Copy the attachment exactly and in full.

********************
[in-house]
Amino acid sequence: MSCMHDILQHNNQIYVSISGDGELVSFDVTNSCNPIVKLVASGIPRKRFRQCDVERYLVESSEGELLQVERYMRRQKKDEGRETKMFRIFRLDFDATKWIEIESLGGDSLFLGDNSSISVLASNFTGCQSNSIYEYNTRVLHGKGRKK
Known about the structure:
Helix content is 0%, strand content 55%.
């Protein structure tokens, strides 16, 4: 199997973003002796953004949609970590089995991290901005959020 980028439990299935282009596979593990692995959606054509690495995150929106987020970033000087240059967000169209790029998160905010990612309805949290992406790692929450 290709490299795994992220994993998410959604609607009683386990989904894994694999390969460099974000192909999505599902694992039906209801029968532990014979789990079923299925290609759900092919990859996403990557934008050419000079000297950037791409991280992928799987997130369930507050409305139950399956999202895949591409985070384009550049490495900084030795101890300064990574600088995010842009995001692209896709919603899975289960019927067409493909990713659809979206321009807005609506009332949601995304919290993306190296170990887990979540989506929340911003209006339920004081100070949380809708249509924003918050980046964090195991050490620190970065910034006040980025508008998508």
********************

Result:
[in-house]
Amino acid sequence: MSCMHDILQHNNQIYVSISGDGELVSFDVTNSCNPIVKLVASGIPRKRFRQCDVERYLVESSEGELLQVERYMRRQKKDEGRETKMFRIFRLDFDATKWIEIESLGGDSLFLGDNSSISVLASNFTGCQSNSIYEYNTRVLHGKGRKK
Known about the structure:
Helix content is 0%, strand content 55%.
């Protein structure tokens, strides 16, 4: 199997973003002796953004949609970590089995991290901005959020 980028439990299935282009596979593990692995959606054509690495995150929106987020970033000087240059967000169209790029998160905010990612309805949290992406790692929450 290709490299795994992220994993998410959604609607009683386990989904894994694999390969460099974000192909999505599902694992039906209801029968532990014979789990079923299925290609759900092919990859996403990557934008050419000079000297950037791409991280992928799987997130369930507050409305139950399956999202895949591409985070384009550049490495900084030795101890300064990574600088995010842009995001692209896709919603899975289960019927067409493909990713659809979206321009807005609506009332949601995304919290993306190296170990887990979540989506929340911003209006339920004081100070949380809708249509924003918050980046964090195991050490620190970065910034006040980025508008998508």